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Another problematic feature of the shift towards greater risk and insecurity for employees is that this has been occurring at a time when other “stakeholders” have been acting to insulate themselves from risk (Winstanley, Woodall & Heery 1996). Because employers are in an increasingly powerful position to govern and dominate the employment relationship, it is possible to transfer risk from those who finance activity to those in paid employment (Winstanley & Woodall 2000a). The ethical question which arises here is whether this shift is equitable or compatible with norms of distributive justice. There are a number of potential ethical conflicts similar to risk transformation which cannot be resolved by HRM. Therefore, HRM and ethicality are incompatible when considering from the perspective of Justice Ethics within employment relationship.

The difficulty experienced by HR professionals in balancing their dual loyalties makes HRM difficult to be consistent with ethicality (Carey 1999). The current emphasis on strategic HRM heightens the potential conflict of loyalties for HR professionals who have to balance judgments of economic rationality with social responsibility (Lowry 2006). Both anecdotal and research evidence suggests that some HR practitioners find this position burdensome. They see conflict between the understanding of themselves as ‘friends of the workers’ and their new role as management’s instruments of competitive advantage (Carey 1999). Therefore, it is difficult to make ethical decisions on the part of HR managers because of their contradictory role between employer and employee. Furthermore, some evidence suggests that the ethical stance adopted by the HR manager is likely to be affected by their personally held moral convictions (Lowry 2006). When decision is made based on more than personal orientation, justice is hard to guarantee in organisation. Therefore, HRM and ethicality are difficult to coexist because of the role of HR managers.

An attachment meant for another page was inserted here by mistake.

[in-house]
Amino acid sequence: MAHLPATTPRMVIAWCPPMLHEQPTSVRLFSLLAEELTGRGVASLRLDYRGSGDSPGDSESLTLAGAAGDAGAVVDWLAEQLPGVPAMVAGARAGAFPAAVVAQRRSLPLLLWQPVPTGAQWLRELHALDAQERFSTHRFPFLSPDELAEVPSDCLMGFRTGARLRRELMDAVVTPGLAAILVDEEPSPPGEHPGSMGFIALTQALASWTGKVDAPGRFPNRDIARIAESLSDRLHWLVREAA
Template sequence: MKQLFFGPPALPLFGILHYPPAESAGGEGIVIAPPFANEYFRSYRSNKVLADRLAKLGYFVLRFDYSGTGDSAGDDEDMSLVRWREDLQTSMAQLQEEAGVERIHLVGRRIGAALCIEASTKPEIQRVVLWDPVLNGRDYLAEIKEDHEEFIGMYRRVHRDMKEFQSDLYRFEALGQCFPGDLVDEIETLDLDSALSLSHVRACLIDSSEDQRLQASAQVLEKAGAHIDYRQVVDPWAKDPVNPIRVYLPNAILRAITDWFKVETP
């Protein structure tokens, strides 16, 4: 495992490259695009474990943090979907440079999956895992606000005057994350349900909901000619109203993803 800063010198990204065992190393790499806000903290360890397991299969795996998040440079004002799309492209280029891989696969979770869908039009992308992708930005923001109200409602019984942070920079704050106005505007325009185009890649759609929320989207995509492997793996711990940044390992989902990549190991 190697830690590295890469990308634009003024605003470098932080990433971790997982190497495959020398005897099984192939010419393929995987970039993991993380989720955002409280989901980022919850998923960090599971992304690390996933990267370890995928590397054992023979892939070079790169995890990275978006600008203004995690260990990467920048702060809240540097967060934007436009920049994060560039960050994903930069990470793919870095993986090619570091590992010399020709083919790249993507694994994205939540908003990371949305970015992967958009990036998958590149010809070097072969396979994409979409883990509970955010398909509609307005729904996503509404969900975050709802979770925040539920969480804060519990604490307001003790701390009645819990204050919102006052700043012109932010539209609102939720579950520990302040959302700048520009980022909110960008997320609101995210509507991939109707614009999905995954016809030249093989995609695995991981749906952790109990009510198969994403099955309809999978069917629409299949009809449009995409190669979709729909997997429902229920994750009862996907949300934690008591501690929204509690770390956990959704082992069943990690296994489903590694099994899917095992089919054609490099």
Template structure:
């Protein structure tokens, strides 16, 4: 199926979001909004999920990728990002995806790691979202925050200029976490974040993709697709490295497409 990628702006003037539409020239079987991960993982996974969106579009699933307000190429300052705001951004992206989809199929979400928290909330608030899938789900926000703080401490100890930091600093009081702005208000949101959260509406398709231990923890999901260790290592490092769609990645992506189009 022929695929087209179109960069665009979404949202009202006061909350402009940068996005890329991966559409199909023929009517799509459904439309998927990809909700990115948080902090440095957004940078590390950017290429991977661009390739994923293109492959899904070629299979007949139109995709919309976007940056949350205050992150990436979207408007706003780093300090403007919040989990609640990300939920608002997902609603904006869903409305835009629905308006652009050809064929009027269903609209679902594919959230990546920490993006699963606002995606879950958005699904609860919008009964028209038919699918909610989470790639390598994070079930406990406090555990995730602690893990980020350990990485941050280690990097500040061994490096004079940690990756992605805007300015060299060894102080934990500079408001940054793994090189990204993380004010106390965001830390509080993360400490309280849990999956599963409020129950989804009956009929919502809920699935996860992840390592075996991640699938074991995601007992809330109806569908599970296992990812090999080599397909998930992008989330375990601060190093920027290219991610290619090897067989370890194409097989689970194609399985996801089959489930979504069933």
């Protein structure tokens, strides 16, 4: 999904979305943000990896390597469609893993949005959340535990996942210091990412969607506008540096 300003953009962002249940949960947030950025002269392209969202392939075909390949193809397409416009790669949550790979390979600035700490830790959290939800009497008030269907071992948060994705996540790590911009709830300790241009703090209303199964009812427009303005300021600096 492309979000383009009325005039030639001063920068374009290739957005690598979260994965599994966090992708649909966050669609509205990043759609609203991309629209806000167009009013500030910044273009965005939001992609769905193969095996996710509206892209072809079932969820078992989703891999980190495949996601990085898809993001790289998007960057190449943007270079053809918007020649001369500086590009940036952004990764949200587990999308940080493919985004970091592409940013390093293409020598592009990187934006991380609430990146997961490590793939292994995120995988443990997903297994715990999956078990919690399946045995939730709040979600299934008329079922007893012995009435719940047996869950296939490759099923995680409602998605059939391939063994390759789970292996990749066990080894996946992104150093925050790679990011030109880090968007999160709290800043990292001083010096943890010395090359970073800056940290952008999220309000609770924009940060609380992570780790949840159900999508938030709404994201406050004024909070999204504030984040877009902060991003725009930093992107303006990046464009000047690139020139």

The HRM practice

It is often argued that a lot of unethical issues caused by HRM practice within organisation are unavoidable (Barrett 1999), such as the use of psychometric tests for recruitment and development (the right to privacy and confidentiality of personal information, particularly where it is not relevant to the job), working time, and the electronic surveillance. Here, Right-based frameworks should be introduced as it is relevant to HRM practice. Right-based ethical frameworks tend to draw on concepts from the 18th century German philosopher, Immanuel Kant. The Kantian framework epitomizes ‘deontological’ approaches to business ethics. Deontology generally covers approaches that link ethics to things that are good in themselves, rather than in relation to ‘telos’ or goals. Kantian approaches propound a number of rights, usually embracing issues such as the fundamental right to life and safety and the human rights of privacy, freedom of conscience, speech and to hold private property (Winstanley & Woodall 2000a).

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Perhaps the most obvious point of concern about HRM practice is that it reveals a rather scant regard for the autonomy of employees. Despite competence-based HRM seeks to promote conformity in attitudes and behaviors, is it ethical for employers to trespass on the employee’s autonomy? Does the employing organisation have right to intrude into the subjectivity of the employee, to scrutinise and manipulate? Such a trespass may never be complete but the tendency for a great deal of “sophisticated” HRM is to invade employee privacy (Winstanley & Woodall 2000b). Moreover, labour intensification, workplace regime of long hours and sometimes intrusive supervision can lead to excessive stress and ill health (Wiley 1998). According to Deontology, contemporary HRM practice is a violation of human dignity and human rights. From this perspective, the idea of HRM being ‘ethical’ is oxymoronic.

No contradiction between HRM and ethicality